The typical mainstream Valentine’s Day cards you find in supermarkets and stores and on TV commercials generally present a heterosexual angle to the holiday, which doesn’t represent other populations in love. One Greene, Maine couple, Lewis Alessio, and his husband, Jim Shaffer, have been producing creative variations of vintage photograph stationery that tell another visual story.
The couple created In Your Own Words LLC in 2013 to creatively augment vintage photographs into cards and stationery, many featuring men with men and women with women in charming old-fashioned poses.
“Our audience focus is LGBTQ+ but we like to use the term ‘affectionate men, women and children’ for our cards,” said Alessio. “It all started because my husband and I were having difficulty finding cards for each other and friends and loved ones that weren’t insulting, such as two dogs dressed in a tuxedo and evening gown, or outright vulgar.”
Alessio and Shaffer have been collecting vintage images for more than 20 years at yard sales, garage sales, shops, auctions, and online.
The cards and stationery were doing very well before the pandemic, selling in more than 100 small stores across the country.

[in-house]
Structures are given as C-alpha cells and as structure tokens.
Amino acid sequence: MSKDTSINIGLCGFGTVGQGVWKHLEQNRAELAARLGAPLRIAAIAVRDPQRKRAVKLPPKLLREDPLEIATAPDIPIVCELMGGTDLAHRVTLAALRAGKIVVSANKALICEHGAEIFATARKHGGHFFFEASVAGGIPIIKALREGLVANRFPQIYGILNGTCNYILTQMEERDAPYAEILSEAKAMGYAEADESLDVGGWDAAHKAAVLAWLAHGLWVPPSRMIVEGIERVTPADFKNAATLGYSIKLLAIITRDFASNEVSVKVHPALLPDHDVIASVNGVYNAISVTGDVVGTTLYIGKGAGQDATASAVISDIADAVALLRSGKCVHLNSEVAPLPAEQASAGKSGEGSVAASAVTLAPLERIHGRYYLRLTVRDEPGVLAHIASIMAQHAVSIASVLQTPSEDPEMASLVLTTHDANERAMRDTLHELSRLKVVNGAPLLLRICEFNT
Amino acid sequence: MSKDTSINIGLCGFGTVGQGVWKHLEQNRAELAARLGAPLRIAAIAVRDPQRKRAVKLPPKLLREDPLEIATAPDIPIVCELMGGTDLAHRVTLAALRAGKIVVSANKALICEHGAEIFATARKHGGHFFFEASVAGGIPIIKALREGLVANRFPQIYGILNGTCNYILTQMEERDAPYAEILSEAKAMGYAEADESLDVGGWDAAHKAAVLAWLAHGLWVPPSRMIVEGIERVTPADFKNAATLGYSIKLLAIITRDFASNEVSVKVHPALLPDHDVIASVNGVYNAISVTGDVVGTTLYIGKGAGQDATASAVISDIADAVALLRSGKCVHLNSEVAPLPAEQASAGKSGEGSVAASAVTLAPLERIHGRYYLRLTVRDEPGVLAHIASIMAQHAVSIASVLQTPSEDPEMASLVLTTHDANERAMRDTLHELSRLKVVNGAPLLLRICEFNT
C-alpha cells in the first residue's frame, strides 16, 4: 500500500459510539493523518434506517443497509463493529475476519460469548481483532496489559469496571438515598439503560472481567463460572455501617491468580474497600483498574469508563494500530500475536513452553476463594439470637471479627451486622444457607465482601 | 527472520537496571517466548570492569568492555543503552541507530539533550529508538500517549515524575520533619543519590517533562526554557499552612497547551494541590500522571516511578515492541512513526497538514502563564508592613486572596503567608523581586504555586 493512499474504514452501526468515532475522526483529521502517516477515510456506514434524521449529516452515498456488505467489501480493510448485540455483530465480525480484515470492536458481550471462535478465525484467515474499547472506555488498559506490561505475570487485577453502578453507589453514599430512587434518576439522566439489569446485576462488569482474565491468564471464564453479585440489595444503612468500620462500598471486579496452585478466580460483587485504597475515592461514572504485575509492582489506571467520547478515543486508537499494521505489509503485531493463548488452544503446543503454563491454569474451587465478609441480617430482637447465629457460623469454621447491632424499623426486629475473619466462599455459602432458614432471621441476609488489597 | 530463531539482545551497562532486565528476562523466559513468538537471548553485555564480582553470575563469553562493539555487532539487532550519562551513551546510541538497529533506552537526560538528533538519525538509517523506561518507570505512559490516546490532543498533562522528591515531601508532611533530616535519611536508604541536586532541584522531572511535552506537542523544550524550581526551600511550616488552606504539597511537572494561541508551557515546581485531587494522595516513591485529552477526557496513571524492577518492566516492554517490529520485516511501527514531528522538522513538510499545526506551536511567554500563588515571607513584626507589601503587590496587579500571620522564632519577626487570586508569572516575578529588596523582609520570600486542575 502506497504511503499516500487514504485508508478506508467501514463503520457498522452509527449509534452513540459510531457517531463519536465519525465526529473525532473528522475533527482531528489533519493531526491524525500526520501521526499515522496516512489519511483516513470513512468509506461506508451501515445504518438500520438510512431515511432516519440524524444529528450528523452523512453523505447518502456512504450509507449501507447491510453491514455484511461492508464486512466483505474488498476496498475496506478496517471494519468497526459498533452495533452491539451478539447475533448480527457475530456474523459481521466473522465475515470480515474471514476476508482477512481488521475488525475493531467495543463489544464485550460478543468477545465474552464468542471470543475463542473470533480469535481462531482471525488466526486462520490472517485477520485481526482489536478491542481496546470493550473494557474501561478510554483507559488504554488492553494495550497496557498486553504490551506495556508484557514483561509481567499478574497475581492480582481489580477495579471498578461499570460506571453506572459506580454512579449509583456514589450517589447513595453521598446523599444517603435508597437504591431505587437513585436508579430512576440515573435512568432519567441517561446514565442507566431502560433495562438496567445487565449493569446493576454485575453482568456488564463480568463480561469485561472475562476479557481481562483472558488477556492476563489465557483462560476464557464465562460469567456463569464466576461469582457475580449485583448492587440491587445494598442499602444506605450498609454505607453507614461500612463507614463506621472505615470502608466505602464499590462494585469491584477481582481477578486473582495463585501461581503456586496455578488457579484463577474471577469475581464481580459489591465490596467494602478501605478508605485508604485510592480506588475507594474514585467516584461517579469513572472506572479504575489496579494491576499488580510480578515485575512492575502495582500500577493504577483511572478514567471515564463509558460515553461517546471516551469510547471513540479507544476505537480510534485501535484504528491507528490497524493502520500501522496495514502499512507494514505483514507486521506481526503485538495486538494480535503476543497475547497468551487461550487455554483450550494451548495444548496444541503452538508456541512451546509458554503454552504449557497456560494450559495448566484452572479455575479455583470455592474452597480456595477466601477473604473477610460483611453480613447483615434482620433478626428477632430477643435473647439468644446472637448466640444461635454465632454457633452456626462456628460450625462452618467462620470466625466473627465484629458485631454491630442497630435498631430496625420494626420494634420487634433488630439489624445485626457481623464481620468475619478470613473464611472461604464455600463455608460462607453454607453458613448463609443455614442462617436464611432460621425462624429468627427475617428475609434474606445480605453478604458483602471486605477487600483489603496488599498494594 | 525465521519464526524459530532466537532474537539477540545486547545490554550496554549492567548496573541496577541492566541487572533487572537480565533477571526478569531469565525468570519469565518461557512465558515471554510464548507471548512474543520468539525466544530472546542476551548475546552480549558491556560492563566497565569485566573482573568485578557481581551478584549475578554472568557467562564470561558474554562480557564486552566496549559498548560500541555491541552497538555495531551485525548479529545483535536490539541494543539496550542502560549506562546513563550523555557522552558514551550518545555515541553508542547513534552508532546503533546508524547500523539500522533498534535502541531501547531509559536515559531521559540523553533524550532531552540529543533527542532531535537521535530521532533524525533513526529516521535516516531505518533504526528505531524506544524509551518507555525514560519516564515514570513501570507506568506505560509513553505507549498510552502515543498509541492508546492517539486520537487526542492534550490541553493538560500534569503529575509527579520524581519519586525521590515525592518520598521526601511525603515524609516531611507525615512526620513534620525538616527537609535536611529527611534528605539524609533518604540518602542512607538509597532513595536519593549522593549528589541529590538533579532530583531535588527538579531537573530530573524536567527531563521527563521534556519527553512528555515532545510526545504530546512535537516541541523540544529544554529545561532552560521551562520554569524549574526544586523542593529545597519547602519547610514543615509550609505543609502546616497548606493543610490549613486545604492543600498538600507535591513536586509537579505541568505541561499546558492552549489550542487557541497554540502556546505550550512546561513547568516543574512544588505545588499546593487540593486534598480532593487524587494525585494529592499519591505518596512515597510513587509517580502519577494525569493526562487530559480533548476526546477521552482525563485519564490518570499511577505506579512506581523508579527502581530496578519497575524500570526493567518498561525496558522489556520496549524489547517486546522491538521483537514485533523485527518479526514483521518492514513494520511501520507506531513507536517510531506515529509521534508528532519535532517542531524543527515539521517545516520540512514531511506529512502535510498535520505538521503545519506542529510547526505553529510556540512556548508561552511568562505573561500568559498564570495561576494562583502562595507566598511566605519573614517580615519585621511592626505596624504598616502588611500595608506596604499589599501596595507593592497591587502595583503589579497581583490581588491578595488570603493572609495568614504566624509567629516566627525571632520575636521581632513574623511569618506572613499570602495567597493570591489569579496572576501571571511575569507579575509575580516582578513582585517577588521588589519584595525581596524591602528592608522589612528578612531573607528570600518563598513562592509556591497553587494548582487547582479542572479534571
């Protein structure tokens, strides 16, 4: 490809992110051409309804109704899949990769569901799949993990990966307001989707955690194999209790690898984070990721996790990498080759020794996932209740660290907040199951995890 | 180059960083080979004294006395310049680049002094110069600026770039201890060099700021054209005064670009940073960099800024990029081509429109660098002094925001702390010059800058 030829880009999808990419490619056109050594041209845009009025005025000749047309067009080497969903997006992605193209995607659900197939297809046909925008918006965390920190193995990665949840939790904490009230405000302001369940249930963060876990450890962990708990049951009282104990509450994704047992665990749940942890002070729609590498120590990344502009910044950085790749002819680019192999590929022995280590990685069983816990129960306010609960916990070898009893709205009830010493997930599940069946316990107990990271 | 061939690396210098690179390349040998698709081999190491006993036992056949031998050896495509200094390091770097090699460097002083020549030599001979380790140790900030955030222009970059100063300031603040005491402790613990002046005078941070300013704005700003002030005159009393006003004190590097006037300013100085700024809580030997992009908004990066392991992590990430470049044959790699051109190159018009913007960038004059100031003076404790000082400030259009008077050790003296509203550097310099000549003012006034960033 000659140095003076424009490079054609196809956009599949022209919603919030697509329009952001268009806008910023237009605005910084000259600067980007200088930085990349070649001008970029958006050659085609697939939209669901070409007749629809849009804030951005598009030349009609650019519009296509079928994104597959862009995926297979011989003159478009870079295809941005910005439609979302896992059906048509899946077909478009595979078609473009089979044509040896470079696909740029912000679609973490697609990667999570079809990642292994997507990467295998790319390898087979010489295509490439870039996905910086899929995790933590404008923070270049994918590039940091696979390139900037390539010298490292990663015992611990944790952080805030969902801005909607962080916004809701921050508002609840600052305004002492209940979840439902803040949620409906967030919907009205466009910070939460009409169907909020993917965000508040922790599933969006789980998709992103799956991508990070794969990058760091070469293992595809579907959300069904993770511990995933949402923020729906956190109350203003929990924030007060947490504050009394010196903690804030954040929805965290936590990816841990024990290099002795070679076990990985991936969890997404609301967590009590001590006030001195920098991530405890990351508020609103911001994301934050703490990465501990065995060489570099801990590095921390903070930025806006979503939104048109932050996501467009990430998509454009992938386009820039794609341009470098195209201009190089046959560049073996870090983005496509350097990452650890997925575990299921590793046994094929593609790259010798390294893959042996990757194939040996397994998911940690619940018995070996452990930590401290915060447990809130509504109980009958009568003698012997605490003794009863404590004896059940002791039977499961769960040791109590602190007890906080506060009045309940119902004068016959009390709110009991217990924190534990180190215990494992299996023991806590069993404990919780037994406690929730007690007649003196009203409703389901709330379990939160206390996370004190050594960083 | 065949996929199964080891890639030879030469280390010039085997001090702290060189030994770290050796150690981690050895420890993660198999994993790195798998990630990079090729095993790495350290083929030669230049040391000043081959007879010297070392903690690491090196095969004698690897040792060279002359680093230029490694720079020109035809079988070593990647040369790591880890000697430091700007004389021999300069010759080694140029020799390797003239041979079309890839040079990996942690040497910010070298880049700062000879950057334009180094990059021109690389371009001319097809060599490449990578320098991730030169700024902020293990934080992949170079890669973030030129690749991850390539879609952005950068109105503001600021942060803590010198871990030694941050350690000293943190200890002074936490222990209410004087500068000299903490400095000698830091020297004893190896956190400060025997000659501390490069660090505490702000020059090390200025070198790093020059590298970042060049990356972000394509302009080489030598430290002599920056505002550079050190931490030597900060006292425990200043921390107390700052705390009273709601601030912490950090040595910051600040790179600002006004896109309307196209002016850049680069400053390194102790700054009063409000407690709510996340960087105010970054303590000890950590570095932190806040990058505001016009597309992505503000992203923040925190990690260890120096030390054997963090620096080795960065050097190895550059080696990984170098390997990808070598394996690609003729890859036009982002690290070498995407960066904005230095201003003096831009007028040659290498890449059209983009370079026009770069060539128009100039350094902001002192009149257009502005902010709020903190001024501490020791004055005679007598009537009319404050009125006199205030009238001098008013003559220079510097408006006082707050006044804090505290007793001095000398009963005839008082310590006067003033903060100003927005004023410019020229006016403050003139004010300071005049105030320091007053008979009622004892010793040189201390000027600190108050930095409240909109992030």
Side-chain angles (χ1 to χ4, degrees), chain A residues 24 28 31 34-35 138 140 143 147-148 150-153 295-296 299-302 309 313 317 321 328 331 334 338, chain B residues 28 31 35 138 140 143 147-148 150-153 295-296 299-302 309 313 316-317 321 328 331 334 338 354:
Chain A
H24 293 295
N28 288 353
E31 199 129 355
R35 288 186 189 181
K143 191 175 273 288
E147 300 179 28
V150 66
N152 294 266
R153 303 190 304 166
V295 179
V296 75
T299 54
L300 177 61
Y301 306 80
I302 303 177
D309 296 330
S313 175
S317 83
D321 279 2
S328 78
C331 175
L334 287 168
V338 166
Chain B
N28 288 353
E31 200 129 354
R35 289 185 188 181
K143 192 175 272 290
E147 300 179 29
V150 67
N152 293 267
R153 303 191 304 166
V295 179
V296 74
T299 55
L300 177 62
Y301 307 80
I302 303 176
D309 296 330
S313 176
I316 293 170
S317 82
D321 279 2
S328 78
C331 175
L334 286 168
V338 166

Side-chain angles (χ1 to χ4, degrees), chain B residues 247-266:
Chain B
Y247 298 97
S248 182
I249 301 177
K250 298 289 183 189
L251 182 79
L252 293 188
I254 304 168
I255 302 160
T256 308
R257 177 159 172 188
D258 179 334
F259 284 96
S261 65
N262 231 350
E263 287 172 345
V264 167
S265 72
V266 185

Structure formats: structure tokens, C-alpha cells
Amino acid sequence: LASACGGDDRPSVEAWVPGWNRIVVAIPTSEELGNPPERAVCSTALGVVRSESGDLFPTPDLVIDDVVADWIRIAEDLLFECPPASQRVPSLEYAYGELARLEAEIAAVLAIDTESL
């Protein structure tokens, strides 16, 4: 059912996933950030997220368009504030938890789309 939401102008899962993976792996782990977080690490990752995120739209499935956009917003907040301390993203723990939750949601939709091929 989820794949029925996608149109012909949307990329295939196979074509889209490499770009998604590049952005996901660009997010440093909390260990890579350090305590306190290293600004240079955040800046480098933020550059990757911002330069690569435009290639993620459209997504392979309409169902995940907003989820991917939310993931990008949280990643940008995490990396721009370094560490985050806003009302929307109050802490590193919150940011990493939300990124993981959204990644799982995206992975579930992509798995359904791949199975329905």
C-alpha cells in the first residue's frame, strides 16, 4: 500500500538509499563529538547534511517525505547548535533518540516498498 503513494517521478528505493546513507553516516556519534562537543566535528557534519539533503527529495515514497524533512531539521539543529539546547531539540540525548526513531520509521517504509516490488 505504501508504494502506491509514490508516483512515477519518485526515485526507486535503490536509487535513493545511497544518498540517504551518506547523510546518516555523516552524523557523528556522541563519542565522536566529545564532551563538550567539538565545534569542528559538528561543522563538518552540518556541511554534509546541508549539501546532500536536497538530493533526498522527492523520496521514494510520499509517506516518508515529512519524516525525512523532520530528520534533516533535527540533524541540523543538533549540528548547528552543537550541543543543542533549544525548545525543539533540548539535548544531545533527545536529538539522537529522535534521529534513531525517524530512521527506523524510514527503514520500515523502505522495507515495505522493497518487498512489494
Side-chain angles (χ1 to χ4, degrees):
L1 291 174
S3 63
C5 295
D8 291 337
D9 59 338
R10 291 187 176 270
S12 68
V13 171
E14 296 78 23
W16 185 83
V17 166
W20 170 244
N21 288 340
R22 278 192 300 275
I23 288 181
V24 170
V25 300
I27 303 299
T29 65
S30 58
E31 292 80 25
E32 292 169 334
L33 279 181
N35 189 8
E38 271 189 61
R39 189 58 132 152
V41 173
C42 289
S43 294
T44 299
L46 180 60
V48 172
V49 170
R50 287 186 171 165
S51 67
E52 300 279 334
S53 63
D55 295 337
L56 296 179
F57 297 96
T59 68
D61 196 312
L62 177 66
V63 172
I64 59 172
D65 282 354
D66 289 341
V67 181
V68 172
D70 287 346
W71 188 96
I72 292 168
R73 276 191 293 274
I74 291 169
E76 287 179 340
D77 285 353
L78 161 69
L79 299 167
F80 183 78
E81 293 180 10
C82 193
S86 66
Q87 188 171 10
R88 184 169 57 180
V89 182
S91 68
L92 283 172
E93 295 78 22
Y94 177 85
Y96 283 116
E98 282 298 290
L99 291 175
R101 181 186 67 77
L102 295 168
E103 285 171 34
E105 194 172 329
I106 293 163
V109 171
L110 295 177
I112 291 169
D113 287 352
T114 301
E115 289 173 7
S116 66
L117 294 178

“We would contact LGBTQ-friendly shops all over the country or shops in urban areas that might be more open to such products,” said Alessio.”But, we had to change our sales focus to Etsy when the pandemic closed nearly all of our small independently owned shops.”
Along the way, In Your Own Words became a certified vendor with the Human Rights Campaign, and pre-pandemic their cards were even sold in Harvey Milk’s camera shop in San Francisco. “We were the only type of cards they sold in the shop, but even that shop has seen sales dwindle so much, so, despite all of the orders we have received from the Human Rights Campaign, that income stream has ceased for the time being.”
Their Etsy store tagline mentions empowering HIV+ Mainers, a mission that Alessio and Shaffer deeply support.
“I was the national CDC’s director of a men’s HIV prevention education program in central Maine for five years,” said Alessio. “I saw a lot of men and women, who couldn’t hold full-time jobs, but they could work at home. So, this business has been a conflation of a number of things personal to us. I came up with the idea of creating a cottage industry where these men and women would assemble the cards and we would market them. In return, we could compensate them with some income, which we’re still hoping to do to benefit them and benefit our community.”
Since the transfer to online sales, Alessio said they are getting their company name out there, thanks to the efforts of their volunteer, Janet Turner.
“I am limited in my talents, but Janet is a techie,” said Alessio. “She helped us move to online platforms such as Etsy and eBay and does our marketing and social media. She has greatly increased our presence on those sites. We’re so grateful to have her.” Adding a wry commentary, he said. “I was born in the wrong century.”
Kay Stephens can be reached at email@example.com